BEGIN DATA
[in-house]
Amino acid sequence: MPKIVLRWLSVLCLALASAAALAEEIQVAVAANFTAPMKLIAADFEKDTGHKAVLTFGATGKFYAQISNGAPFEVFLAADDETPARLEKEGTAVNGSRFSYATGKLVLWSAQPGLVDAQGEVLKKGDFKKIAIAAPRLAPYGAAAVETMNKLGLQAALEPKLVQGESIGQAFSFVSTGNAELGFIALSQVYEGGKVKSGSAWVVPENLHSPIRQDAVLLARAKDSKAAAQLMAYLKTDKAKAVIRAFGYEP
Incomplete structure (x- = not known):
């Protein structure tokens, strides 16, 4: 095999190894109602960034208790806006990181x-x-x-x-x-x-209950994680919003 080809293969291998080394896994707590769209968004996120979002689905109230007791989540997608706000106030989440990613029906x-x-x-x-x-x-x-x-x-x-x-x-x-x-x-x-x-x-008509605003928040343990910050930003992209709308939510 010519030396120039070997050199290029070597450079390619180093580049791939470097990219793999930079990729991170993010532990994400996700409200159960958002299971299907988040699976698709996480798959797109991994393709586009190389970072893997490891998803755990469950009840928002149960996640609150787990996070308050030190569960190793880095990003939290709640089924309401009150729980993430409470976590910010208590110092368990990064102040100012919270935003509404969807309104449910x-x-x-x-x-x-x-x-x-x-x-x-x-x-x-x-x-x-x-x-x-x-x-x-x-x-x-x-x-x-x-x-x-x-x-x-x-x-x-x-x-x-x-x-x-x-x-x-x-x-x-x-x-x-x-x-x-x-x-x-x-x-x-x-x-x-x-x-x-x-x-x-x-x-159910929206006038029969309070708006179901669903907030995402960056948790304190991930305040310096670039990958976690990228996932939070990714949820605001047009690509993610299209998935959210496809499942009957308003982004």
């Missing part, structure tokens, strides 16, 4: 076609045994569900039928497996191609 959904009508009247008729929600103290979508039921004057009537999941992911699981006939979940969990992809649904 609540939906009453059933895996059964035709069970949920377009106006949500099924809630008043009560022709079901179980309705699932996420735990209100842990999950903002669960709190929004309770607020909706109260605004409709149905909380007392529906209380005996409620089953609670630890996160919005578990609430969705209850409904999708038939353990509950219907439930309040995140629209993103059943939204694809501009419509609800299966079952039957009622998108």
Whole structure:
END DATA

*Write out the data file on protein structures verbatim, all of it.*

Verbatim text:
[in-house]
Amino acid sequence: MPKIVLRWLSVLCLALASAAALAEEIQVAVAANFTAPMKLIAADFEKDTGHKAVLTFGATGKFYAQISNGAPFEVFLAADDETPARLEKEGTAVNGSRFSYATGKLVLWSAQPGLVDAQGEVLKKGDFKKIAIAAPRLAPYGAAAVETMNKLGLQAALEPKLVQGESIGQAFSFVSTGNAELGFIALSQVYEGGKVKSGSAWVVPENLHSPIRQDAVLLARAKDSKAAAQLMAYLKTDKAKAVIRAFGYEP
Incomplete structure (x- = not known):
């Protein structure tokens, strides 16, 4: 095999190894109602960034208790806006990181x-x-x-x-x-x-209950994680919003 080809293969291998080394896994707590769209968004996120979002689905109230007791989540997608706000106030989440990613029906x-x-x-x-x-x-x-x-x-x-x-x-x-x-x-x-x-x-008509605003928040343990910050930003992209709308939510 010519030396120039070997050199290029070597450079390619180093580049791939470097990219793999930079990729991170993010532990994400996700409200159960958002299971299907988040699976698709996480798959797109991994393709586009190389970072893997490891998803755990469950009840928002149960996640609150787990996070308050030190569960190793880095990003939290709640089924309401009150729980993430409470976590910010208590110092368990990064102040100012919270935003509404969807309104449910x-x-x-x-x-x-x-x-x-x-x-x-x-x-x-x-x-x-x-x-x-x-x-x-x-x-x-x-x-x-x-x-x-x-x-x-x-x-x-x-x-x-x-x-x-x-x-x-x-x-x-x-x-x-x-x-x-x-x-x-x-x-x-x-x-x-x-x-x-x-x-x-x-x-159910929206006038029969309070708006179901669903907030995402960056948790304190991930305040310096670039990958976690990228996932939070990714949820605001047009690509993610299209998935959210496809499942009957308003982004």
């Missing part, structure tokens, strides 16, 4: 076609045994569900039928497996191609 959904009508009247008729929600103290979508039921004057009537999941992911699981006939979940969990992809649904 609540939906009453059933895996059964035709069970949920377009106006949500099924809630008043009560022709079901179980309705699932996420735990209100842990999950903002669960709190929004309770607020909706109260605004409709149905909380007392529906209380005996409620089953609670630890996160919005578990609430969705209850409904999708038939353990509950219907439930309040995140629209993103059943939204694809501009419509609800299966079952039957009622998108």
Whole structure: